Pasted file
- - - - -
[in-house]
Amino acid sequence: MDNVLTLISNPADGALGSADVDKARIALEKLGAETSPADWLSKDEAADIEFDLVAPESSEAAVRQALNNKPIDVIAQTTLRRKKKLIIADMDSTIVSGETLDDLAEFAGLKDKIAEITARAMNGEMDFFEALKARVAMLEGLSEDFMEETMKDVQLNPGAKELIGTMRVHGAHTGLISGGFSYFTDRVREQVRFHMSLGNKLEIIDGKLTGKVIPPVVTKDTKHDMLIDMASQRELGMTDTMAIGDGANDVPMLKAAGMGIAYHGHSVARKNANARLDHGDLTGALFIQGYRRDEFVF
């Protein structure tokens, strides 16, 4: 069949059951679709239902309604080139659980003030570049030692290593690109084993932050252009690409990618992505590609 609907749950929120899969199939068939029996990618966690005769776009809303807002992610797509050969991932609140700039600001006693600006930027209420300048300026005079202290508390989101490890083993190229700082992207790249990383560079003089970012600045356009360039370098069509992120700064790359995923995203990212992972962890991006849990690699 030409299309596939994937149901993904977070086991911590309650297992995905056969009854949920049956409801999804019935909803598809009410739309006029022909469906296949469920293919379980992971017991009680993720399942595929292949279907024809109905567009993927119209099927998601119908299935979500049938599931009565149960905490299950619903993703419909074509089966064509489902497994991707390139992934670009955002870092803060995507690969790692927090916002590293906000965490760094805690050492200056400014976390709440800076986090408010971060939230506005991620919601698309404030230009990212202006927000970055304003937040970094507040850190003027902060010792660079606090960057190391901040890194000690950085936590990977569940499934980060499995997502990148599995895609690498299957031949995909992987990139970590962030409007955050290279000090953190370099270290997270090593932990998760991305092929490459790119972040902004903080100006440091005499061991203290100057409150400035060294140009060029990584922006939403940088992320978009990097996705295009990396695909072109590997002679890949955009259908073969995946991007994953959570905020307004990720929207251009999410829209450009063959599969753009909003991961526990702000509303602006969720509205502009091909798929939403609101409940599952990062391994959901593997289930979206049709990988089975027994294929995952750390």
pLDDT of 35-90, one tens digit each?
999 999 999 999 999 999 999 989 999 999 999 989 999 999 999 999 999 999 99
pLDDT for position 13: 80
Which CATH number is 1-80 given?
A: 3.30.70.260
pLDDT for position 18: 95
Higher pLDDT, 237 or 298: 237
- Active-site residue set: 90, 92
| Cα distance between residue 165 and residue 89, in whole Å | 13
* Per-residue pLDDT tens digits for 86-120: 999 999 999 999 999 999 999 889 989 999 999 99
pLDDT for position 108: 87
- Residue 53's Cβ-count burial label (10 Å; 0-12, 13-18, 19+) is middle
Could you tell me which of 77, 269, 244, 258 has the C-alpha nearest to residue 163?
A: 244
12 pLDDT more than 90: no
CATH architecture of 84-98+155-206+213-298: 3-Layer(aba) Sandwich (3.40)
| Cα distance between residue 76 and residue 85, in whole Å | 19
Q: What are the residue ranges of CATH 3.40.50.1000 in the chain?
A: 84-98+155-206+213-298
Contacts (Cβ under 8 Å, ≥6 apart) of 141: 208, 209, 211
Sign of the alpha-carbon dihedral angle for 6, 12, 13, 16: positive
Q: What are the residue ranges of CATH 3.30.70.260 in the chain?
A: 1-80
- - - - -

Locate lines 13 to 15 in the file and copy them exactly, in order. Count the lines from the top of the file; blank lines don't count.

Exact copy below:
* Per-residue pLDDT tens digits for 86-120: 999 999 999 999 999 999 999 889 989 999 999 99
pLDDT for position 108: 87
- Residue 53's Cβ-count burial label (10 Å; 0-12, 13-18, 19+) is middle